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Interview: Crunchyroll Talks What Makes an 'Original'


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Jhechav



Joined: 22 Jan 2016
Posts: 15
PostPosted: Wed May 06, 2020 1:22 pm Reply with quote
I'm not surprised, but I still have no idea how CR is involved and what is considered an "original" or a "co-production." She gave incredibly vague, opaque answers.
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Telu



Joined: 08 Sep 2019
Posts: 8
PostPosted: Wed May 06, 2020 1:37 pm Reply with quote
Jhechav wrote:
I'm not surprised, but I still have no idea how CR is involved and what is considered an "original" or a "co-production." She gave incredibly vague, opaque answers.


Maybe a co-production is when crunchyroll sees a potential series but the studio does not want to risk it and crunchyroll contributes 50% or 60% of the money.

And an original series is when crunchyroll offers an agreement between the animation studio and the company that has the rights to a series + an investment of money.

idk.
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MarshalBanana



Joined: 31 Aug 2014
Posts: 3765
PostPosted: Wed May 06, 2020 4:25 pm Reply with quote
It would be nice if they could use a different source for these originals, made with JP studios, than Webtoons.Webtoons either look really ordinary, like the artist learned from one of those 'How to draw manga' books or downright ugly. How about adapting a none graphic novel work into an Anime, like they've done before with classic literacy.
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DerekL1963
Enjoying the time of EVEEnjoying the time of EVE


Joined: 14 Jan 2015
Posts: 826
Location: Puget Sound
PostPosted: Wed May 06, 2020 5:11 pm Reply with quote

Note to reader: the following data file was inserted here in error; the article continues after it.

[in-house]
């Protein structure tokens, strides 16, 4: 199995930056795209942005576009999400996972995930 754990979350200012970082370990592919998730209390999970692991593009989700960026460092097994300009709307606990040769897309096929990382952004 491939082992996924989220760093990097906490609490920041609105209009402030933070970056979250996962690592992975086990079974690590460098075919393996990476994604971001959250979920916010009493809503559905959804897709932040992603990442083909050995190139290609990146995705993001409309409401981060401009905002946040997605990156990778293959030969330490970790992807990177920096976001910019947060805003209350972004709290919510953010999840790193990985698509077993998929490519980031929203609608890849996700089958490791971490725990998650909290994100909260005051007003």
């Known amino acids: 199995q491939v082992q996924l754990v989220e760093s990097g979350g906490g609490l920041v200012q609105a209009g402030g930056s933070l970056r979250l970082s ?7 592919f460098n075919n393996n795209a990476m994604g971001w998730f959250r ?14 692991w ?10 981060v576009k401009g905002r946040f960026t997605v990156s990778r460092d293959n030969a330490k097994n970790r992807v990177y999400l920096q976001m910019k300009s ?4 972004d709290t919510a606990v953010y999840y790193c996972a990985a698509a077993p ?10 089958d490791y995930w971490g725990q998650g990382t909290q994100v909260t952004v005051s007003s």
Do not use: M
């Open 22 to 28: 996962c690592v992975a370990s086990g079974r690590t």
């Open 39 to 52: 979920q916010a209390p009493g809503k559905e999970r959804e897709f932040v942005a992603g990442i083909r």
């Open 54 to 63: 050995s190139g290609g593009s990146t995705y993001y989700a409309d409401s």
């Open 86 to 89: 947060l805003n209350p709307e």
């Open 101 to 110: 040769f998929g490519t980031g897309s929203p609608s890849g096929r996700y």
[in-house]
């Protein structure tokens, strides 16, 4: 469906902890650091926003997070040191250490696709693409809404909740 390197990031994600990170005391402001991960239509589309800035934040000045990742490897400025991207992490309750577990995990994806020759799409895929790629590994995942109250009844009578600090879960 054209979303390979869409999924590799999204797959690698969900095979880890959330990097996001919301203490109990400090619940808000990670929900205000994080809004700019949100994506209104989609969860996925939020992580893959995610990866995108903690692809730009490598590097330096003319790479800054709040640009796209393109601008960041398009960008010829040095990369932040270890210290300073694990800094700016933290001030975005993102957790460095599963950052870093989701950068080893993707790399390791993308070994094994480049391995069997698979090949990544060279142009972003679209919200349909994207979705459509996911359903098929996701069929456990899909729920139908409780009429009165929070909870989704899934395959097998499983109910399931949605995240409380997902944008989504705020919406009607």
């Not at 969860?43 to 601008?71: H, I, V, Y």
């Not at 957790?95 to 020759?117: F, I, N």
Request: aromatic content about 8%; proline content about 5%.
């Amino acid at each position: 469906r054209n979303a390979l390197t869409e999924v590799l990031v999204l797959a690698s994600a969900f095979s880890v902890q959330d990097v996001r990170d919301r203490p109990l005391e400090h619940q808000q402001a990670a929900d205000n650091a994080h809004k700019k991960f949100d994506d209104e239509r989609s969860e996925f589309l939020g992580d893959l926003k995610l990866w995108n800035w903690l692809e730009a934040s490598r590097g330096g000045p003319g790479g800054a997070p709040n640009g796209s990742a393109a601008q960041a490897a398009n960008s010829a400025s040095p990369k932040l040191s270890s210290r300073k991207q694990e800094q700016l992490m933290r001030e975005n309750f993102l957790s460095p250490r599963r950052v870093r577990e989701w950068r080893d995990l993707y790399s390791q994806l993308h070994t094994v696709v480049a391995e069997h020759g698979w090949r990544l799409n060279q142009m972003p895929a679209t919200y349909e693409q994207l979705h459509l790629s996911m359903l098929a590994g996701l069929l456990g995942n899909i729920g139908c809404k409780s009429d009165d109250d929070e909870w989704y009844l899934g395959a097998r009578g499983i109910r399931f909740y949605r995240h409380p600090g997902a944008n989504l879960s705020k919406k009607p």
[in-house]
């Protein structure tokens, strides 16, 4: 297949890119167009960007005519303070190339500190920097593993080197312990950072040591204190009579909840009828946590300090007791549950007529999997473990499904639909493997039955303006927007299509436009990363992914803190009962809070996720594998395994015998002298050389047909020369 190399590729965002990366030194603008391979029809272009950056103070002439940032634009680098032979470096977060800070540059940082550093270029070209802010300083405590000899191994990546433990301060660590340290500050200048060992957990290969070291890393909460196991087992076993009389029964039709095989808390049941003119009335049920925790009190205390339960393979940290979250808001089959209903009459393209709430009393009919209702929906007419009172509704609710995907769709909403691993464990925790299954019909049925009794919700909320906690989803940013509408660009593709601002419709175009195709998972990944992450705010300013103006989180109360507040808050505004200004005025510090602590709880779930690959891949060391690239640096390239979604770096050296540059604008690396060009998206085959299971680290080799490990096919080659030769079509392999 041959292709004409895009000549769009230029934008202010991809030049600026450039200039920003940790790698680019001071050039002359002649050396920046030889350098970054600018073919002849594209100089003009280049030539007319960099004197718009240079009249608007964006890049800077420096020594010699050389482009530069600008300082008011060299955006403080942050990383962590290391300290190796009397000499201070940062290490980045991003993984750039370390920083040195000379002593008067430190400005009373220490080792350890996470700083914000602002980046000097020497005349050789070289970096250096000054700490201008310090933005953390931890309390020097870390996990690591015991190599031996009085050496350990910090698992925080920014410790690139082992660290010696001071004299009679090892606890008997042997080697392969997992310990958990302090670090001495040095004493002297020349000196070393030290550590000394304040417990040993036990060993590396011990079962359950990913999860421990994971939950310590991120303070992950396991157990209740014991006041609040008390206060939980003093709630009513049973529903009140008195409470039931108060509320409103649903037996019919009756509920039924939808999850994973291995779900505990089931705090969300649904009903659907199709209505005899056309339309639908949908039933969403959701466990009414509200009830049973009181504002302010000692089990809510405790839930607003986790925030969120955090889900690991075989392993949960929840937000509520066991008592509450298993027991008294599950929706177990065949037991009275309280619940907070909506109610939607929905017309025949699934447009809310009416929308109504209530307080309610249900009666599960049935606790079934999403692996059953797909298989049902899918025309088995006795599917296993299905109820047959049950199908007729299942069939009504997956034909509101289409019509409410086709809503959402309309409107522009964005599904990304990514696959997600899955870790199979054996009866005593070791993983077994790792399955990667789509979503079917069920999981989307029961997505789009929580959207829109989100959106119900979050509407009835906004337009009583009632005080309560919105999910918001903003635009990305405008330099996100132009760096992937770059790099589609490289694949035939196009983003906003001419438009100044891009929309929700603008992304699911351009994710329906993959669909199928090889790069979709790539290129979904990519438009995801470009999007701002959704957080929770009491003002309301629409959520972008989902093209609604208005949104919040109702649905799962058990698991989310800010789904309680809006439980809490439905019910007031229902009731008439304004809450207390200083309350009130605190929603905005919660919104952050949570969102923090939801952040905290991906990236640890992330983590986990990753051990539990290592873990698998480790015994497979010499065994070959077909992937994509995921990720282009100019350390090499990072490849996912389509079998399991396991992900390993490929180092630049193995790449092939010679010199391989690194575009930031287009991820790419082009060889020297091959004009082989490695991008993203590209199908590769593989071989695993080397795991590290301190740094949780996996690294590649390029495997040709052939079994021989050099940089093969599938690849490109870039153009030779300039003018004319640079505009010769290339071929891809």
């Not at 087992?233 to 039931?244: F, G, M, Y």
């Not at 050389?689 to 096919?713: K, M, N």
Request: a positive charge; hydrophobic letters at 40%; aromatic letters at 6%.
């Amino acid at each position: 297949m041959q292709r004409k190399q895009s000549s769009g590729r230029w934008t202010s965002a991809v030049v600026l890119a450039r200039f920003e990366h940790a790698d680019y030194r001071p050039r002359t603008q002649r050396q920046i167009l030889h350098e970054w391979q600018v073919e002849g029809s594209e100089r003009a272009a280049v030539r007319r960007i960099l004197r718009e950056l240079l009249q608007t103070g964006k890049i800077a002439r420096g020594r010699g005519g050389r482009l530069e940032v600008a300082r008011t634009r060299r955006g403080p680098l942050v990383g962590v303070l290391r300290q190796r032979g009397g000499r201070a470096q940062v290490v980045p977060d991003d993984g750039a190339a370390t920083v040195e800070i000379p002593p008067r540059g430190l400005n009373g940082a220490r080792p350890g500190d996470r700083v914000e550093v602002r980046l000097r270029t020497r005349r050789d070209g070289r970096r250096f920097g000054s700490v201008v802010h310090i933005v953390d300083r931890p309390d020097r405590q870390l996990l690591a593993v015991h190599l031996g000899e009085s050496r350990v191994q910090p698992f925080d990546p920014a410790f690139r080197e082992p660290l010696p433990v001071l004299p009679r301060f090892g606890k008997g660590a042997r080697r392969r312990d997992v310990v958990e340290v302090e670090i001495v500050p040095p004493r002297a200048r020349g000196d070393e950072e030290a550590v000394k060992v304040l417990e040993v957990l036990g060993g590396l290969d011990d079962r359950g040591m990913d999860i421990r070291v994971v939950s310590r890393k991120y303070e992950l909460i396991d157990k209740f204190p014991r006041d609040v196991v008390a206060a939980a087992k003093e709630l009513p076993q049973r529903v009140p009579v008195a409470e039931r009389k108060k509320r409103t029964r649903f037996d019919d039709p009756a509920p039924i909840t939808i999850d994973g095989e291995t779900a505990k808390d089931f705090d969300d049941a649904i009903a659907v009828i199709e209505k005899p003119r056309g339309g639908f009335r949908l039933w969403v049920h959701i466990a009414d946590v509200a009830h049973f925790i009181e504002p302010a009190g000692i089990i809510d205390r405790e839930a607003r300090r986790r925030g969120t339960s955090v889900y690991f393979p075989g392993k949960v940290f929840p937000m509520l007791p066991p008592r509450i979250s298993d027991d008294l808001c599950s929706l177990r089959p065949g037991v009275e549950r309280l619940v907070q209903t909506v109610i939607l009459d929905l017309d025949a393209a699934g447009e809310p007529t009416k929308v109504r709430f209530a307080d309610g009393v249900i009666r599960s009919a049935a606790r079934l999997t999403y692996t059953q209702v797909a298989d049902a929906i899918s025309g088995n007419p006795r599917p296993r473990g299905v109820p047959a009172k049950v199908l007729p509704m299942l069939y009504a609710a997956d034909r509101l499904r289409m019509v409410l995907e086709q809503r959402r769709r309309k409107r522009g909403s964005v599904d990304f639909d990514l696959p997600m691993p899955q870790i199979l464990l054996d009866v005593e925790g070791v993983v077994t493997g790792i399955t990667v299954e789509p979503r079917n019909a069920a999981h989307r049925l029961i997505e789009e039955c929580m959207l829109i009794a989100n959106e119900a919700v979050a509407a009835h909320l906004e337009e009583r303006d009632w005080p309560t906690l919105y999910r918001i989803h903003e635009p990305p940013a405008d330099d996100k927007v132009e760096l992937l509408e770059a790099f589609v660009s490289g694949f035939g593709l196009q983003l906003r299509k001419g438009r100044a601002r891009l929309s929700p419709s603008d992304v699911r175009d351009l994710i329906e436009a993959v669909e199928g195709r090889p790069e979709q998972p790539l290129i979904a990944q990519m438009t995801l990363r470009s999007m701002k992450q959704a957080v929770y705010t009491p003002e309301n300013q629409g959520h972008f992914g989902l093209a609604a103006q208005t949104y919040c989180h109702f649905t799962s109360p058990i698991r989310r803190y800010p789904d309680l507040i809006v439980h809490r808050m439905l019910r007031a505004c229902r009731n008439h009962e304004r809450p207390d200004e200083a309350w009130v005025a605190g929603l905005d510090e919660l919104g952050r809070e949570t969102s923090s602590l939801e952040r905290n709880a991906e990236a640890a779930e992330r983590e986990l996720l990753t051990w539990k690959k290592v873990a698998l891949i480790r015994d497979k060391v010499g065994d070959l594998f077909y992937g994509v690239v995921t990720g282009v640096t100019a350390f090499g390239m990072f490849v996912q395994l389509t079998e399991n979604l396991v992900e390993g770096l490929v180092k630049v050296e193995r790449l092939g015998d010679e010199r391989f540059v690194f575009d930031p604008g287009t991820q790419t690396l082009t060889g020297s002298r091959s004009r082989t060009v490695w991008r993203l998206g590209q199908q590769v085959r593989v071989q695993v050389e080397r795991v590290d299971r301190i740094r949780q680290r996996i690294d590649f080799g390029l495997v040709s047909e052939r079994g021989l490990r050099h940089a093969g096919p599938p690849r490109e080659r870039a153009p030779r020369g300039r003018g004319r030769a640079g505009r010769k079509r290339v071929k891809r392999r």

Jhechav wrote:
I'm not surprised, but I still have no idea how CR is involved and what is considered an "original" or a "co-production." She gave incredibly vague, opaque answers.


That was... pure, weapons grade corporate bullstuff.
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Cardcaptor Takato



Joined: 27 Jan 2018
Posts: 2548
PostPosted: Wed May 06, 2020 5:18 pm Reply with quote
I think the difference between a co-pro and a Crunchyroll Original might be in streaming flexibility where it seems like they might be more willing to let other sites stream a co-pro while an Original is exclusive to their site. Like Shield Hero is a co-pro but Funimation has been streaming it but I doubt we’ll see Tower of God outside of Crunchyroll. But it’s all mostly a marketing buzzword to cash in on Netflix Originals. What I want to know is if Crunchyroll Originals will get home video releases or if they’re going to take the same approach Netflix does and no physical releases for the Original branded shows.
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Vic1989



Joined: 25 Feb 2020
Posts: 6
PostPosted: Wed May 06, 2020 5:47 pm Reply with quote
MarshalBanana wrote: